Sustainable Prospects, Project Development

A teenage girl rides her bike through the streets of Shaniko (Pop. 36).

I have been working on my current project about rural communities in central Oregon for almost a year now, and at this point, I feel a need to hone down my focus to a more specific aspect of this region - especially looking forward to my final major project. I had a helpful tutorial with Jesse last week, in which we discussed different possible directions for this work. One idea, which I have been considering for sometime, is to focus on the young residents in these areas. My motivation for this is to gain a better understanding of the future for these towns. These small communities generally have a declining, aging population, and I wonder if young people will stay here as they grow older. At the same time, I would also like to learn about the day to day lifestyle of children and teens in these areas. With the majority of the U.S (and global) population now living in urban areas, I am interested in documenting this alternative way of life.

Amongst the work I have already made, I believe that some of the strongest images are of children or teens. I enjoy being around young people, and through my work as a teacher, I have gained plenty of experience working and collaborating with them. Having spent twelve months on this project, I know that I am passionate about the culture, people and landscape of this part of Oregon, and I believe that I am equally interested documenting the lives of the young Americans who live there. I have begun connecting with people in central Oregon with young family members, and I plan to shoot in the town of Dufur next weekend.

As I contemplate this idea, I look to other photographers who document youth in their work. Four practitioners initially come to mind - Maria Stern, Tobias Zieloni, Vanessa Winship and Isadora Kosofsky. I will be exploring each in greater detail moving forward, but I wanted to share a segment of a review on Winship’s series She Dances on Jackson which particularly stood out to me.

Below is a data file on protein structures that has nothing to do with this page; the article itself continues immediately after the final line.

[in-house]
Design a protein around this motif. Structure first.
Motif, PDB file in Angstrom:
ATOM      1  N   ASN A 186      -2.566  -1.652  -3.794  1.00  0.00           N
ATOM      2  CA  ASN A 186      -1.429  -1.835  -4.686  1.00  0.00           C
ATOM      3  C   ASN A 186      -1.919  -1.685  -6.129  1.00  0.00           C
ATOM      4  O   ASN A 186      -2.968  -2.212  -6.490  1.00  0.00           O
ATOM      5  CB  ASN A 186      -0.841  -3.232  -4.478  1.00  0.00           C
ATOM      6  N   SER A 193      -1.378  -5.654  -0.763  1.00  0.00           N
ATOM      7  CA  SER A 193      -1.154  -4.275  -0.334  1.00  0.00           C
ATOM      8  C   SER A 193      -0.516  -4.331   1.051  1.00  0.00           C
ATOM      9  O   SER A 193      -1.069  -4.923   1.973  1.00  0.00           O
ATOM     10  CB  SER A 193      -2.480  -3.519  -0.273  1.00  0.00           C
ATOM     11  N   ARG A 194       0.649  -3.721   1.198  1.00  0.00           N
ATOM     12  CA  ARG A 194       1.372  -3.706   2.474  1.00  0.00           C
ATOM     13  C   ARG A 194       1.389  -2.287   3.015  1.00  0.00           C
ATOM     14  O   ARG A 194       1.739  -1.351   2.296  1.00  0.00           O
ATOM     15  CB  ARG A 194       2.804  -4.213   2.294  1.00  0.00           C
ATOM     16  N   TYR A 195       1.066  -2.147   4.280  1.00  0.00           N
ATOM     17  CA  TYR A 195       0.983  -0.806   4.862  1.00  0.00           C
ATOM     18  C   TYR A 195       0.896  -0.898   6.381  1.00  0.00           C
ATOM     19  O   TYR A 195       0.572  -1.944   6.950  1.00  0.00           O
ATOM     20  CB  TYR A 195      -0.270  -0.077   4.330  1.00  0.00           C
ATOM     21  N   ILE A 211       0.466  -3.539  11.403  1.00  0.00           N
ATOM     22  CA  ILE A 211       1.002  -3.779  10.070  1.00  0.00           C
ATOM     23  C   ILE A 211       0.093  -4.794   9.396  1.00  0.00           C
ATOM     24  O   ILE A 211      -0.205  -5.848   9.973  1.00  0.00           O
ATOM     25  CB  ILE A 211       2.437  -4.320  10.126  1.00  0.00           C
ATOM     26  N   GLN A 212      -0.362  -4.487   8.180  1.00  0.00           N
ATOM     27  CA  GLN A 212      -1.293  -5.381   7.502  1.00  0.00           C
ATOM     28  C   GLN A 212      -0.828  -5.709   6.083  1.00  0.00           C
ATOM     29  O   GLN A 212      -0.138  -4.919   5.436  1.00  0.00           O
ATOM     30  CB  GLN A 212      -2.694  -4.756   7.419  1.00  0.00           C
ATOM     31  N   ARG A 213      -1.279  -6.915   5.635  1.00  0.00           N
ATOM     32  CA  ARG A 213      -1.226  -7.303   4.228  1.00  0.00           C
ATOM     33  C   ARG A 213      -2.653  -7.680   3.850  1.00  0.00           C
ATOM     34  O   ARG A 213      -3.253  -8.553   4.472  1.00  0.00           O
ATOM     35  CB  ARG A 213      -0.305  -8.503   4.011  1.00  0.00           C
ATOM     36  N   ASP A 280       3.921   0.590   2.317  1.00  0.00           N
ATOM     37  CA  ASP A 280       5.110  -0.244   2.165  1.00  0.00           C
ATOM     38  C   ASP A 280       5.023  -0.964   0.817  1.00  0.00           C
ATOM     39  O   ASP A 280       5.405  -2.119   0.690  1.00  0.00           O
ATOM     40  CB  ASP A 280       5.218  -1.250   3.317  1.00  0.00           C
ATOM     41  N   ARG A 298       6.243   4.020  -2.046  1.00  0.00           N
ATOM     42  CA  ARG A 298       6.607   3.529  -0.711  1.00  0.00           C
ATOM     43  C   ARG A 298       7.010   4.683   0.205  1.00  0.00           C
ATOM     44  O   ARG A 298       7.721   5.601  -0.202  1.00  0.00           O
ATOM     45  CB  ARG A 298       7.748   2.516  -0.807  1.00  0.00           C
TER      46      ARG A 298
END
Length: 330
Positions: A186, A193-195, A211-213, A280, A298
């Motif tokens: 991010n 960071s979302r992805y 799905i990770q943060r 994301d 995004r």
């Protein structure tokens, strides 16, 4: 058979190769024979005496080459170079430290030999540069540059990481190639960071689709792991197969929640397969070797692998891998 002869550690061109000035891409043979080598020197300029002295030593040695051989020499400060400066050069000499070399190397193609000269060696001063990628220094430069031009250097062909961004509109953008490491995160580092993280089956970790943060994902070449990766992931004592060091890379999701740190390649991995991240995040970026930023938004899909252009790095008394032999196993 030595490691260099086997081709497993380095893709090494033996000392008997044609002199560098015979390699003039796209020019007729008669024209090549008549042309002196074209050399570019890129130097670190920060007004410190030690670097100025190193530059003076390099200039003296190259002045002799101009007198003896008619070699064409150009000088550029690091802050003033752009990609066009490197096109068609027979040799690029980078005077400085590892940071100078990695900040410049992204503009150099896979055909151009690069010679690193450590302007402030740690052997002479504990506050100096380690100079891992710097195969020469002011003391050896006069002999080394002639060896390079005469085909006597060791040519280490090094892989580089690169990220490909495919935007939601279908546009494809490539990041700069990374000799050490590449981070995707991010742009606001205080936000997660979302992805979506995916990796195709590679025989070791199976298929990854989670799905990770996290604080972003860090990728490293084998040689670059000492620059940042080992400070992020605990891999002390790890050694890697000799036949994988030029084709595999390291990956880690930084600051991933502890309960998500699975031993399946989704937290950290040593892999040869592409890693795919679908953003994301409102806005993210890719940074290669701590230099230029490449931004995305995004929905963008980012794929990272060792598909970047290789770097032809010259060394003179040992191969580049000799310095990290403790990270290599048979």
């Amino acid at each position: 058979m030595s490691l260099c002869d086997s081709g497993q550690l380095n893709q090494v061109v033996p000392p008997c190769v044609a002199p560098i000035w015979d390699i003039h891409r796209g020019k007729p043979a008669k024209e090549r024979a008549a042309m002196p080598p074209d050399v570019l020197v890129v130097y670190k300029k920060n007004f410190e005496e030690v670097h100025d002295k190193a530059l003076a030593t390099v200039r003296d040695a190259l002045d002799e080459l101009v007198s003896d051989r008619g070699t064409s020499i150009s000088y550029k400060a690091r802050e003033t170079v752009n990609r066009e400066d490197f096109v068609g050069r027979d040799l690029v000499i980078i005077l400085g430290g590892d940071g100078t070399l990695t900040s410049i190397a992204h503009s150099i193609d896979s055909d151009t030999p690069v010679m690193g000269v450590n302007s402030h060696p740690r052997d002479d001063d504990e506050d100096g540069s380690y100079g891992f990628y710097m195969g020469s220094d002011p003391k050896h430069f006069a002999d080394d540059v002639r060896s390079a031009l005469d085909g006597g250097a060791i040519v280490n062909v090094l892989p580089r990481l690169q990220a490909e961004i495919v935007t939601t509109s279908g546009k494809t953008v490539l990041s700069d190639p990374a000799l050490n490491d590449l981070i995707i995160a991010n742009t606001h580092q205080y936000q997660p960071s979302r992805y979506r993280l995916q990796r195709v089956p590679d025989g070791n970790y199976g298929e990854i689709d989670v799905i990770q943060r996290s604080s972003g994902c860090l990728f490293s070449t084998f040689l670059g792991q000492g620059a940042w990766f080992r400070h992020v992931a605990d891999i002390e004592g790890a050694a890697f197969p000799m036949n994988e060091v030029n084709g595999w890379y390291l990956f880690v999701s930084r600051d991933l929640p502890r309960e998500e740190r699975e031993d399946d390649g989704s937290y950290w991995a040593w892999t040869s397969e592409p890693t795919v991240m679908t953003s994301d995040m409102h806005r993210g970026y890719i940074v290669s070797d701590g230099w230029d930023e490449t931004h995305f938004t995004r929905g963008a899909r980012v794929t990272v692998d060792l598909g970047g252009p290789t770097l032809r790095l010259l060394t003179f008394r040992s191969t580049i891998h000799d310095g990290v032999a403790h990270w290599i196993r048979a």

Vanessa Winship, from ‘She Dances on Jackson’ Published by MACK.

‘In this rather desolate land we encounter people. Winship is a magnificent portrait photographer. In She Dances on Jackson she continues working with young people, creating a stunning number of utterly arresting photographs. A little more than halfway into the book, we encounter one of the key portraits in the book, a young couple. The young man (still more a boy than a man really) and woman are holding hands, and her left hand rests on his chest, with a crease of his t-shirt in between the index and middle finger. The young man appears quite a bit more fragile than his girlfriend, who seems to put a claim on him. Even though their eyes meet the viewer’s it is hard to guess what might be going on in their minds; it’s tempting to see worry, a bit of uncertainty and a hint of defiance (isn’t that the signature of youth, that you still defy the world?).

This hints at what makes the portraits so strong and this book so convincing. It would have been tempting to produce a sad-sack tour of the troubled land, with jobs gone and people struggling to get by. But there always is that hope or that defiance that you have when you’re young. You don’t really know what is going to happen, but it’s going to be alright. You’ll make do, one way or the other.’ (Colberg, J. 2013)

Colberg, J. Vanessa Winship: She Dances on Jackson. 2013.  [Online]. [Accessed 17 September  2018]. Available From:

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